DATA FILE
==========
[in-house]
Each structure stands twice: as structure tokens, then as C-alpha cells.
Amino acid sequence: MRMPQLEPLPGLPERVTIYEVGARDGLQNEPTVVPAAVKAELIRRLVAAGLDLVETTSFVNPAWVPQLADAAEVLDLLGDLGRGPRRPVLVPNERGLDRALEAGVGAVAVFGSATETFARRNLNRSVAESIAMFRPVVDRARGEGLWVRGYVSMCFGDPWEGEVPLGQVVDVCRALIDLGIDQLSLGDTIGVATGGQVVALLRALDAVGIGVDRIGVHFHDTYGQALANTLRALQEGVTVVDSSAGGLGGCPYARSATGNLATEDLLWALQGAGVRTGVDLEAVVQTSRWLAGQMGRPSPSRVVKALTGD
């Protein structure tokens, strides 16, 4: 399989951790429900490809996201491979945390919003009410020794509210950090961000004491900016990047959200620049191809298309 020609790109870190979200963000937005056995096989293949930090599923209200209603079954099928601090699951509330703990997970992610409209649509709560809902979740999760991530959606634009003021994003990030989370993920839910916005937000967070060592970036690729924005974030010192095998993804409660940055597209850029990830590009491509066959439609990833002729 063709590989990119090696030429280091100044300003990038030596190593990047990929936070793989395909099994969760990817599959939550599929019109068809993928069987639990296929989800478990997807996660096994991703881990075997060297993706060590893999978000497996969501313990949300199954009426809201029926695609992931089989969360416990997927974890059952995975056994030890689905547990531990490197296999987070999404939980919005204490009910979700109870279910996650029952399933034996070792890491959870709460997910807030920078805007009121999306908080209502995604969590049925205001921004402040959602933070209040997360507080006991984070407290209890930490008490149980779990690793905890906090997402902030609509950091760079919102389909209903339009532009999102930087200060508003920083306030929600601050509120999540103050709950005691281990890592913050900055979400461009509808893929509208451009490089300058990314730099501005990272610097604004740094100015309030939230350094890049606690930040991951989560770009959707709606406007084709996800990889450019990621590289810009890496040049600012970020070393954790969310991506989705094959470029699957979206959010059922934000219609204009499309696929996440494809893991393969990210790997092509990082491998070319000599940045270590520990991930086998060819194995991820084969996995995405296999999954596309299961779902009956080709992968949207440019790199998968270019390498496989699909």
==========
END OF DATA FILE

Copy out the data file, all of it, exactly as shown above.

[in-house]
Each structure stands twice: as structure tokens, then as C-alpha cells.
Amino acid sequence: MRMPQLEPLPGLPERVTIYEVGARDGLQNEPTVVPAAVKAELIRRLVAAGLDLVETTSFVNPAWVPQLADAAEVLDLLGDLGRGPRRPVLVPNERGLDRALEAGVGAVAVFGSATETFARRNLNRSVAESIAMFRPVVDRARGEGLWVRGYVSMCFGDPWEGEVPLGQVVDVCRALIDLGIDQLSLGDTIGVATGGQVVALLRALDAVGIGVDRIGVHFHDTYGQALANTLRALQEGVTVVDSSAGGLGGCPYARSATGNLATEDLLWALQGAGVRTGVDLEAVVQTSRWLAGQMGRPSPSRVVKALTGD
């Protein structure tokens, strides 16, 4: 399989951790429900490809996201491979945390919003009410020794509210950090961000004491900016990047959200620049191809298309 020609790109870190979200963000937005056995096989293949930090599923209200209603079954099928601090699951509330703990997970992610409209649509709560809902979740999760991530959606634009003021994003990030989370993920839910916005937000967070060592970036690729924005974030010192095998993804409660940055597209850029990830590009491509066959439609990833002729 063709590989990119090696030429280091100044300003990038030596190593990047990929936070793989395909099994969760990817599959939550599929019109068809993928069987639990296929989800478990997807996660096994991703881990075997060297993706060590893999978000497996969501313990949300199954009426809201029926695609992931089989969360416990997927974890059952995975056994030890689905547990531990490197296999987070999404939980919005204490009910979700109870279910996650029952399933034996070792890491959870709460997910807030920078805007009121999306908080209502995604969590049925205001921004402040959602933070209040997360507080006991984070407290209890930490008490149980779990690793905890906090997402902030609509950091760079919102389909209903339009532009999102930087200060508003920083306030929600601050509120999540103050709950005691281990890592913050900055979400461009509808893929509208451009490089300058990314730099501005990272610097604004740094100015309030939230350094890049606690930040991951989560770009959707709606406007084709996800990889450019990621590289810009890496040049600012970020070393954790969310991506989705094959470029699957979206959010059922934000219609204009499309696929996440494809893991393969990210790997092509990082491998070319000599940045270590520990991930086998060819194995991820084969996995995405296999999954596309299961779902009956080709992968949207440019790199998968270019390498496989699909």